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Preparing for an Oral Exam

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Are you nervous about answering questions during a face-to-face exam? Who wouldn’t be?
Oral exams can be particularly intimidating for some students because they present two different challenges: the challenge of recalling material quickly and the challenge of speaking to an audience—even if the audience is made up of only one person.
Because oral exams are much like job interviews, you can prepare for these in the same way that applicants prepare. They predict and practice.

Predicting Questions
Start by collecting all of the material that is likely to be covered during your exam. Read over the information to recognize any possible themes or patterns. If you are working with a textbook, you can use titles and subtitles to find probable themes.
Now try to predict possible essay-type questions. Think about it: You’re not going to be asked true or false questions; you’re going to be asked questions that require a long answer. So what would you ask if you were the teacher?
If possible, go back over old tests and reword the questions you’ve answered before. This is how many teachers come up with questions for a comprehensive exam.
Write down each possible question on an index card. Use these like you would flashcards, and practice answering questions out loud, in front of a mirror.

Why Use a Mirror?
Using a mirror to practice will show you any nervous habits you might display as you’re speaking. Although it’s true that you would not be penalized for nervous habits, it is also true that you might create some contagious nervous energy. Your tester might become jittery if you are—and there’s no point in creating that sort of atmosphere!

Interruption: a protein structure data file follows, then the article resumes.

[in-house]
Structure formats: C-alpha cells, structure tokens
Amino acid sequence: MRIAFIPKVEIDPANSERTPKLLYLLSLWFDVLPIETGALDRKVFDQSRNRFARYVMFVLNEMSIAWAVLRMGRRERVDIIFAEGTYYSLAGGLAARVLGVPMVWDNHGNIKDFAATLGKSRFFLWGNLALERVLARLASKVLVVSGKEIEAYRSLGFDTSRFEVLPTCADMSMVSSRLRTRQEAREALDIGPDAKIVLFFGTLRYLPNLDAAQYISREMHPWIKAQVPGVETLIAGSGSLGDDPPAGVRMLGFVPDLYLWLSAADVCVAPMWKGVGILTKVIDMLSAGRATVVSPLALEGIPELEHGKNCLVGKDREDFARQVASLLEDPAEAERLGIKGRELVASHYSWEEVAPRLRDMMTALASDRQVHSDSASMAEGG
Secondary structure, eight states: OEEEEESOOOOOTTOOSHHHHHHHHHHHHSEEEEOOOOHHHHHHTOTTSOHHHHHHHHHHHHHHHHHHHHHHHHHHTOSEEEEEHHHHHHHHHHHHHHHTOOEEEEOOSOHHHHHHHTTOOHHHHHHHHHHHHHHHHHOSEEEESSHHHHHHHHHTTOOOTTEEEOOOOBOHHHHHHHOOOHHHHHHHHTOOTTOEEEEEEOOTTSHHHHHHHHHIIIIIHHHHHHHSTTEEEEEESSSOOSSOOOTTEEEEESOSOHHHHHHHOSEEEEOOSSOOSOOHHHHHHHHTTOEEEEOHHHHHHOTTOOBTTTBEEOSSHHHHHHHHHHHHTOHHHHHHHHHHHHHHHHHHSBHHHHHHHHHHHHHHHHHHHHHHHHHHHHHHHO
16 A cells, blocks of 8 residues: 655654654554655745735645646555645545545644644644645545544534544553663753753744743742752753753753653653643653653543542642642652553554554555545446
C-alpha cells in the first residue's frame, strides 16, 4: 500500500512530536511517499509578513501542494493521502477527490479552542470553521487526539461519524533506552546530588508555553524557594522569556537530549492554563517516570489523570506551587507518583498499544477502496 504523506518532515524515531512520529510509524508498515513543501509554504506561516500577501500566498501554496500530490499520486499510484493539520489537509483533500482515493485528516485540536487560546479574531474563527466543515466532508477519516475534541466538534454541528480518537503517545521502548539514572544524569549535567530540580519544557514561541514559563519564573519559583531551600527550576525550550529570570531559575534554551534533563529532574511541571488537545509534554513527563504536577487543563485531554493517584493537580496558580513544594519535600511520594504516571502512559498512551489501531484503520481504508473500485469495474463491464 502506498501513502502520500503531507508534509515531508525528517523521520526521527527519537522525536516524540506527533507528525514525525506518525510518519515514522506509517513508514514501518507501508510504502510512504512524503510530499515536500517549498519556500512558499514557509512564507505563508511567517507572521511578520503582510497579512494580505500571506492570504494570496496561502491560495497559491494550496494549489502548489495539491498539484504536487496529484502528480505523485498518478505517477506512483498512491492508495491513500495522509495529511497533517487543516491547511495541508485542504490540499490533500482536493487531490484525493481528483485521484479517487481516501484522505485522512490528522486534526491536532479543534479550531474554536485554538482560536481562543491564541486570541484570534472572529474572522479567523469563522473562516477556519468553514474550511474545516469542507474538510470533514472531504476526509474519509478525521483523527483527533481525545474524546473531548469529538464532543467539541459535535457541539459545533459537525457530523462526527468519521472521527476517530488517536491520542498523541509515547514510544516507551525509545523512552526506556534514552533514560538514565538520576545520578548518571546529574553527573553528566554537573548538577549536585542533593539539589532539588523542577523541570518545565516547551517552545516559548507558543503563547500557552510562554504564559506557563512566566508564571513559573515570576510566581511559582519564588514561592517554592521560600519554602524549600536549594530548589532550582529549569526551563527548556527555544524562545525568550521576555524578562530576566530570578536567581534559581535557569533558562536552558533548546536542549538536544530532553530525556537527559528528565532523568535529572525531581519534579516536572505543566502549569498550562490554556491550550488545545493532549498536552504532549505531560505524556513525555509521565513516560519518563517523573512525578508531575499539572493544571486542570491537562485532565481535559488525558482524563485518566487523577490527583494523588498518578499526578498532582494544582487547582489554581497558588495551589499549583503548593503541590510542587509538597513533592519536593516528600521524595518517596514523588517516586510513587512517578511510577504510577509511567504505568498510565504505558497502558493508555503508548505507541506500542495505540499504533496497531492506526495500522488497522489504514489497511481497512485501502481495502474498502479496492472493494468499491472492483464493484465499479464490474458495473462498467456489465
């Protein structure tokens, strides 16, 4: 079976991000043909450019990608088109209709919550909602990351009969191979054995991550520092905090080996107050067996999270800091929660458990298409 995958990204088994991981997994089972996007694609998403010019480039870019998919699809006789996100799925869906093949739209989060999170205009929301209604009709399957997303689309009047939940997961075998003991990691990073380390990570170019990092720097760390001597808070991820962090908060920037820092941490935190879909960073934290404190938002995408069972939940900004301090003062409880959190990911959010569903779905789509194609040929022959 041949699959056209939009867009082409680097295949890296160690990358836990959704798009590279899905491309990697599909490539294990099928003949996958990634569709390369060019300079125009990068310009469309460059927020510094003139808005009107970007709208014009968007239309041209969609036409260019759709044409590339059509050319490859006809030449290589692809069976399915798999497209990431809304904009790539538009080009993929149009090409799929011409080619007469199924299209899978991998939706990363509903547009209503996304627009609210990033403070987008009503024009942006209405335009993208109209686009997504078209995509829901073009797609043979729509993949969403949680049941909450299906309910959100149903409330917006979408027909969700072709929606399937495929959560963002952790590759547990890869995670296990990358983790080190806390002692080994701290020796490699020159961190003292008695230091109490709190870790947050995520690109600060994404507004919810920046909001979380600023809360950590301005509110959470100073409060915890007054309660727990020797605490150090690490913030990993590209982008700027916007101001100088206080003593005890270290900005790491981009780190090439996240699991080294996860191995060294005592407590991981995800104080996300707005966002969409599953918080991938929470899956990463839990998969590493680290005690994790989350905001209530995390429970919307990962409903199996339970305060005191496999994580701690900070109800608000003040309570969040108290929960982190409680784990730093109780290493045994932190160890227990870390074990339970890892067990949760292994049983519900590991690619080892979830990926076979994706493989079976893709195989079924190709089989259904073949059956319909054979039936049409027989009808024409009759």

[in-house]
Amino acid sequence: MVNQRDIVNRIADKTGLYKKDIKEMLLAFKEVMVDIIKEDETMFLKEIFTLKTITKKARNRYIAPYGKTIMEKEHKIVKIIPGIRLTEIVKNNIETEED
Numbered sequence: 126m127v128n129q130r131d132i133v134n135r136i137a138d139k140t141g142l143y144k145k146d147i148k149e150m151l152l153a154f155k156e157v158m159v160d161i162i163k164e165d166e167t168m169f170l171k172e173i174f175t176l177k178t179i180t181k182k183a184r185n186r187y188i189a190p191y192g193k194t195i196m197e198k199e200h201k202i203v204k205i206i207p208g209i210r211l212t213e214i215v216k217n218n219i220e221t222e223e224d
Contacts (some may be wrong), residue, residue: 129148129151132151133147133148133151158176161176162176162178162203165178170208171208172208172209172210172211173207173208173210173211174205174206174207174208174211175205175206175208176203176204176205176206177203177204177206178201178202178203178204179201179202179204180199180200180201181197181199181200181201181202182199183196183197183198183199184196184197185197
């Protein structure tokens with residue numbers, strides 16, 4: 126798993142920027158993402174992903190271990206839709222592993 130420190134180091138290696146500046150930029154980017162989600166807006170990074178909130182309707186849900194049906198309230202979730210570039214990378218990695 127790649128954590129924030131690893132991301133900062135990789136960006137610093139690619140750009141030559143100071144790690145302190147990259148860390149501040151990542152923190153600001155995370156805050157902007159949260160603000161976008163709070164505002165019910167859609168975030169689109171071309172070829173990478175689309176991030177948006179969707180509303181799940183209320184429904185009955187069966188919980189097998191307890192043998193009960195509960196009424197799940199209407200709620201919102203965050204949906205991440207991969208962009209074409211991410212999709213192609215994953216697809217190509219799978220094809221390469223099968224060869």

The first time you practice in front of the mirror, play the role of the tester. Observe yourself as he or she would. Watch for visual clues: Do you smile with confidence, or do you twitch nervously? Signs of nervousness are important because your nerves can make you forget important details. Practicing can help put those nerves in check.
The mirror reflection (as strange as it seems) will make you feel as if somebody is actually watching you as you speak. But don’t really pay attention to the person in the mirror. Instead, try to “psych yourself” into thinking that this reflection is really a teacher or tester.

Using Flashcards
Next, make a list of vocabulary terms and create a flashcard for each one. Test yourself with the flashcards until you know every one.
Then, select three flashcards at random. Pretend to be the tester, and ask a question that connects the three terms together. This method helps you make connections between all the concepts that have been covered on your topic.
If you are a visual learner, you may want to draw images to enhance your memory.

Prepare the Night Before
When you feel good about your appearance, you feel more confident and self-assured. It’s a good idea to find the best outfit for the day in advance, whether that means wearing the most businesslike outfit you own or the most comfortable outfit you own. Dress in a way that is appropriate for your situation.
– Don’t drink caffeine the day before if it tends to keep you awake. You’ll need plenty of sleep.
– Pack any papers or visual aids you might need for the test.
– Practice your answers in front of a mirror again.

The Day of the Test
Here are a few tips for the day of the oral exam:
– Eat something for breakfast, even if you don’t feel hungry.
– Smile.
– Give yourself a moment to think before your answer.
– Recognize when you’ve said enough. It’s important to know when to stop.
– Back up a yes or no answer with evidence or reasoning.
– If you don’t know an answer right away, feel free to take time to think.
– If you are able to use a blank sheet of paper and a pen or pencil, use the paper to draw the images you created as memory boosters.

Source: thoughtco.com

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